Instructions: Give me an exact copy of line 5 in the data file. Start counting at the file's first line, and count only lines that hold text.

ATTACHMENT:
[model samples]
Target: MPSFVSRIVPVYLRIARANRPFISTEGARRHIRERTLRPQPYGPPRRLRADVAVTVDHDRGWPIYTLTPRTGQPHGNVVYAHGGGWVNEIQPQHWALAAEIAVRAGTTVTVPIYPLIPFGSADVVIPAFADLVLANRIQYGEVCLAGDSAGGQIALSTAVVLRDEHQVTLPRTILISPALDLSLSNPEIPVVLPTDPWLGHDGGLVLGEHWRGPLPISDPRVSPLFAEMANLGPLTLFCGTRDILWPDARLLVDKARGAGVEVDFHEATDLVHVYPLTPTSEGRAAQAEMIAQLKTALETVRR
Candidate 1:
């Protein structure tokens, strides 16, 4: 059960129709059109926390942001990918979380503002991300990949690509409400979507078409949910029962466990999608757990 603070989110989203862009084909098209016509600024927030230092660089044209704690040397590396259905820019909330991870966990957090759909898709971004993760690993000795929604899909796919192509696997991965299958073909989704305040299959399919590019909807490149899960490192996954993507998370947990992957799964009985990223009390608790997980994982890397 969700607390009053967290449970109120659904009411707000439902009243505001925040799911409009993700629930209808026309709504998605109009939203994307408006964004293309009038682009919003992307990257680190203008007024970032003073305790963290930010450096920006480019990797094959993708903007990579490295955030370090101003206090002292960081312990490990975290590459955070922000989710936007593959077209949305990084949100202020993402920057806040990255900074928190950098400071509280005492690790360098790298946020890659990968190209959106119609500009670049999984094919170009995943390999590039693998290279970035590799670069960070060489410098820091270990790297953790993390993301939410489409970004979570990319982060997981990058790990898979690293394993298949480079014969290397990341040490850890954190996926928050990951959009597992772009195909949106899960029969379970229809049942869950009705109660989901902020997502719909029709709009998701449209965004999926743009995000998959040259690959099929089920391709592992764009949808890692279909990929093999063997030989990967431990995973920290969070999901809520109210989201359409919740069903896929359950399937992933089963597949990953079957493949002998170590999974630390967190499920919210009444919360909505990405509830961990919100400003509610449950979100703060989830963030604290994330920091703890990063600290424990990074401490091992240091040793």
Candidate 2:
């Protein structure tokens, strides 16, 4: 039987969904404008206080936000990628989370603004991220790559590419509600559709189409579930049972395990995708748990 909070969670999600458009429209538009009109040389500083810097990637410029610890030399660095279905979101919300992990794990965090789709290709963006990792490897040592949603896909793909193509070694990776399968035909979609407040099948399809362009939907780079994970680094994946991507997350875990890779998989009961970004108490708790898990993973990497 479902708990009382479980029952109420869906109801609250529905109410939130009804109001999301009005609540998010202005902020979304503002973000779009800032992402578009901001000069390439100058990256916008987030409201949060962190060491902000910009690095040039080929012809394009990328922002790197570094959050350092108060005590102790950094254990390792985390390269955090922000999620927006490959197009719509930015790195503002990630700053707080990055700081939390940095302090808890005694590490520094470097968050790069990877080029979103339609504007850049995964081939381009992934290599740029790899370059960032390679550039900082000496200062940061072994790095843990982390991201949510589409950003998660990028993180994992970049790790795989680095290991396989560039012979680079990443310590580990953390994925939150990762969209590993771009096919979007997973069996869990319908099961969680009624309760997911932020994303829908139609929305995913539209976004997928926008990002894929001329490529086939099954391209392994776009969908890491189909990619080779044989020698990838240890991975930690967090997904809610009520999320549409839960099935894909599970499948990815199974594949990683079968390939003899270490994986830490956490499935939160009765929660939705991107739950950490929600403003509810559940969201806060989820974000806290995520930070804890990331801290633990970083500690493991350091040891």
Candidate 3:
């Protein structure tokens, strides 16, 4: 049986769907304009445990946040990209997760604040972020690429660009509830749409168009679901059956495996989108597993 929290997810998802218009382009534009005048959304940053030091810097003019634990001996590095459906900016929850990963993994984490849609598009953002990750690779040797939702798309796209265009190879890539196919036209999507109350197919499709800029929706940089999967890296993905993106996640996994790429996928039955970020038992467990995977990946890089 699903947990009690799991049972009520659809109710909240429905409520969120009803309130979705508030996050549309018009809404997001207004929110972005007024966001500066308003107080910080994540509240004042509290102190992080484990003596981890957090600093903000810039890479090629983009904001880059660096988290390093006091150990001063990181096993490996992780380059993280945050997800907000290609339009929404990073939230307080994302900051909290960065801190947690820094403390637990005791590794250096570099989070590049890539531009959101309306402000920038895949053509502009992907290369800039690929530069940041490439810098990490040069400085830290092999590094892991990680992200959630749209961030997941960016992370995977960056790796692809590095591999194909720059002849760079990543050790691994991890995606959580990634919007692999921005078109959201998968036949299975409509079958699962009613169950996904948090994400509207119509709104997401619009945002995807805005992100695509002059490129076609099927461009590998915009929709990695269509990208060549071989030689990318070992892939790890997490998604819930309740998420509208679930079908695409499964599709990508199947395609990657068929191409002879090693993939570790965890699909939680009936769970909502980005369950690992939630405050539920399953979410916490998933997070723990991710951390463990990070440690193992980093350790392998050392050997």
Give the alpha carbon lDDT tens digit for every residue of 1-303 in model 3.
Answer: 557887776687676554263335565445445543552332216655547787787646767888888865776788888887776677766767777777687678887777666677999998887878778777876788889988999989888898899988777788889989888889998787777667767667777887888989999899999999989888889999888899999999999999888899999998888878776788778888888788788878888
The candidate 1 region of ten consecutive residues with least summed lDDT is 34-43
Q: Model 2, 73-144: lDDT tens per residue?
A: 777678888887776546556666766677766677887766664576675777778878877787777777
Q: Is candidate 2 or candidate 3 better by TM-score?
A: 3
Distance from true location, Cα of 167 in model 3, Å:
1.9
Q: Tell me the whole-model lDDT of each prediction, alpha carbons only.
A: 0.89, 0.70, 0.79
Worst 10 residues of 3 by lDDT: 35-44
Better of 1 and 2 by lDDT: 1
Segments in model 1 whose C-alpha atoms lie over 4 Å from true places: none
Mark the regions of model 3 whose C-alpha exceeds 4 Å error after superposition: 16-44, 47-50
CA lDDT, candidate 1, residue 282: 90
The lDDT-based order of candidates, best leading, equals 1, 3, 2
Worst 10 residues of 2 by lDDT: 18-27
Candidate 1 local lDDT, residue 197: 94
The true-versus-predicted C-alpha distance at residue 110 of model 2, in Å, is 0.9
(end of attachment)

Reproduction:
Candidate 2: